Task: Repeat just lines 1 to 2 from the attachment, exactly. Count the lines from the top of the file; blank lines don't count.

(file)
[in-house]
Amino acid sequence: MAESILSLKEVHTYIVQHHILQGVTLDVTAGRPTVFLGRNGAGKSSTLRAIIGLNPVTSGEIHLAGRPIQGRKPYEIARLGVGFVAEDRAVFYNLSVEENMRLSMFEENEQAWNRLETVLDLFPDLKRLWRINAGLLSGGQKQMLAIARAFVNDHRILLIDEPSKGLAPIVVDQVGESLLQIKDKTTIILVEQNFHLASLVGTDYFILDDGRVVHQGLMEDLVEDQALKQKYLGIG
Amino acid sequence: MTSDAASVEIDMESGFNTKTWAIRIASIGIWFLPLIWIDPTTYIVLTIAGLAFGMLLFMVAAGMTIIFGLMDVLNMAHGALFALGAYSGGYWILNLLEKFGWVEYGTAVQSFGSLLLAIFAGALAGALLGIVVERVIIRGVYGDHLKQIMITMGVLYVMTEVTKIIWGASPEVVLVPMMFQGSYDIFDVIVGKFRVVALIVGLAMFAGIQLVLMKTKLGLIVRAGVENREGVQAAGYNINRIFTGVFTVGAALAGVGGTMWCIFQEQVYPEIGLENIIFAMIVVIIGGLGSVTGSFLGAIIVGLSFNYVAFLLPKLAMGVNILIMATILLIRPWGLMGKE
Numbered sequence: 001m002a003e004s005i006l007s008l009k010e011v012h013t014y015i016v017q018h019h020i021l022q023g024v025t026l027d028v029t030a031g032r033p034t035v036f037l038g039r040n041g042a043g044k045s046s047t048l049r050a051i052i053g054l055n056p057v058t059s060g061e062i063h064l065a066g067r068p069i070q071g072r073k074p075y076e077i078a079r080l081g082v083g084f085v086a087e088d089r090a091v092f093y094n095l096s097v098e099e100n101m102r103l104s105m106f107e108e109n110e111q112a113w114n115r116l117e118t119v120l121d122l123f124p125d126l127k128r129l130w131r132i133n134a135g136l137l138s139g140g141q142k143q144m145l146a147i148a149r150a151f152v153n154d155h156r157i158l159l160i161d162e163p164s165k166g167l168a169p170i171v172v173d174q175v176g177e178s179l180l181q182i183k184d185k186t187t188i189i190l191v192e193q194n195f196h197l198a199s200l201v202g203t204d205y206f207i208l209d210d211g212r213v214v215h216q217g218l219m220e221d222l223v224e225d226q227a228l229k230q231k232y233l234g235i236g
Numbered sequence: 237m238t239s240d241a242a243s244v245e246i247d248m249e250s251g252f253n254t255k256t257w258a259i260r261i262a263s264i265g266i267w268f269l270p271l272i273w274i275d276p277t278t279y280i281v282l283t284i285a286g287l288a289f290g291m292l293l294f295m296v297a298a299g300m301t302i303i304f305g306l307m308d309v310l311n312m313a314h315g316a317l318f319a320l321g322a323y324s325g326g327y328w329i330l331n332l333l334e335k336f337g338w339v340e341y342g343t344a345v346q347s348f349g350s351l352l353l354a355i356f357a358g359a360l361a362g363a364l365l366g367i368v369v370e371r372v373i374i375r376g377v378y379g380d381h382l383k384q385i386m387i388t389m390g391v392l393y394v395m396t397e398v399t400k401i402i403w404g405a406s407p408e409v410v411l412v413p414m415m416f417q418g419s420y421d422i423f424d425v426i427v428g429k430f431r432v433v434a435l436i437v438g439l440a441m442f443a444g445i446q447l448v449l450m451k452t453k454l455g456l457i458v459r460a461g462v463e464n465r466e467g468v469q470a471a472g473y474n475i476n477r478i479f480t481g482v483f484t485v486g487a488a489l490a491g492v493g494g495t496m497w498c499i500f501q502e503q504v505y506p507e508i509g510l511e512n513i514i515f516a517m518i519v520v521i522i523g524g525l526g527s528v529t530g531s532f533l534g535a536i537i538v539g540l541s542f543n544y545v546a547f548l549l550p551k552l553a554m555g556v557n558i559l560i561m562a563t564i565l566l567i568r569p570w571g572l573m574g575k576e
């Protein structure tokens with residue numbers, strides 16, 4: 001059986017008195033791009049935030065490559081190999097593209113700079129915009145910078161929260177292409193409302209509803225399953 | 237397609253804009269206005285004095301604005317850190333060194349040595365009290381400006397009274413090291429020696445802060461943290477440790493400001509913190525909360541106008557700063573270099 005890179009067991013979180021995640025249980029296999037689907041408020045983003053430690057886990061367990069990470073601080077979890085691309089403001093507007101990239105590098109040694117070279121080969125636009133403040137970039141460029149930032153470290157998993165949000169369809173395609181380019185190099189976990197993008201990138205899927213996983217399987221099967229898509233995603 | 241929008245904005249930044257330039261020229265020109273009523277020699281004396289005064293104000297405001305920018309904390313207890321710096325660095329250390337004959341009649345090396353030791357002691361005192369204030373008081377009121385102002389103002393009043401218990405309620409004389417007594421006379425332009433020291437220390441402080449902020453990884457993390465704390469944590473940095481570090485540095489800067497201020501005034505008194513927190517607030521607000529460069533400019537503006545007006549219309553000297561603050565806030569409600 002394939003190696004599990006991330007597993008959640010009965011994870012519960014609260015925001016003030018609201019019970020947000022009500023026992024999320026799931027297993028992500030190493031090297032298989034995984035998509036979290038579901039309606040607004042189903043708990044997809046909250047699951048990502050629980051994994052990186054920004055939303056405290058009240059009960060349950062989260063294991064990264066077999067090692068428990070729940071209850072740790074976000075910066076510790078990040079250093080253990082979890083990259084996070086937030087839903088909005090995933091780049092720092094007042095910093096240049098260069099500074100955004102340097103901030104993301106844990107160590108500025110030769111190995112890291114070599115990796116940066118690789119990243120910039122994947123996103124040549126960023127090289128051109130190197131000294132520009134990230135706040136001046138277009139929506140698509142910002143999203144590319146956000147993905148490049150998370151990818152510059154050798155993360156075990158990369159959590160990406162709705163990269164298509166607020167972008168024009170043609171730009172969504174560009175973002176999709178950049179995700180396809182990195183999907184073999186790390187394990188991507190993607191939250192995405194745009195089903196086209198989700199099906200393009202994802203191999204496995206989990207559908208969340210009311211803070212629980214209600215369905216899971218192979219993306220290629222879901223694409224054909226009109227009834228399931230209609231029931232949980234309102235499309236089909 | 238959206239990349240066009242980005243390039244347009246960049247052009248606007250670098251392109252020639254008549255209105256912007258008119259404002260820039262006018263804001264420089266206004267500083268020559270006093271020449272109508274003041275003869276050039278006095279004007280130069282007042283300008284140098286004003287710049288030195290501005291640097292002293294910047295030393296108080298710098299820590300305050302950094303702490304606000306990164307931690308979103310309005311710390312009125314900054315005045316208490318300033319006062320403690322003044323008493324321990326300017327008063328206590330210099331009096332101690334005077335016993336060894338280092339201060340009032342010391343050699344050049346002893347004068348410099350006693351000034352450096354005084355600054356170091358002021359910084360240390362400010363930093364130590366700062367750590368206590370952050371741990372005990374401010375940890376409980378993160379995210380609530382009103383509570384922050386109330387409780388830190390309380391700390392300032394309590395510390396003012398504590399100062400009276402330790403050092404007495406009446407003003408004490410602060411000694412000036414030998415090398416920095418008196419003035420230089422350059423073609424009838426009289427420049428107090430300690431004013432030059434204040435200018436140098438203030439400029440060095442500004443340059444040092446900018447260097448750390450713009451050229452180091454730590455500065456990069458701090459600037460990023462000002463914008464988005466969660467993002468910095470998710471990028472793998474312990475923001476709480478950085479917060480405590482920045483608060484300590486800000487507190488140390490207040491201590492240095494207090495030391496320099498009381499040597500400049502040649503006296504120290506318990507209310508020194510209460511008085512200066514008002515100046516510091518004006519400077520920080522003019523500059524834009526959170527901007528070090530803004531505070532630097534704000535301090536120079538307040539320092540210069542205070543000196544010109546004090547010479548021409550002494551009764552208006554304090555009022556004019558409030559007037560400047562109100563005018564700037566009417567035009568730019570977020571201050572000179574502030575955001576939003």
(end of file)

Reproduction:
[in-house]
Amino acid sequence: MAESILSLKEVHTYIVQHHILQGVTLDVTAGRPTVFLGRNGAGKSSTLRAIIGLNPVTSGEIHLAGRPIQGRKPYEIARLGVGFVAEDRAVFYNLSVEENMRLSMFEENEQAWNRLETVLDLFPDLKRLWRINAGLLSGGQKQMLAIARAFVNDHRILLIDEPSKGLAPIVVDQVGESLLQIKDKTTIILVEQNFHLASLVGTDYFILDDGRVVHQGLMEDLVEDQALKQKYLGIG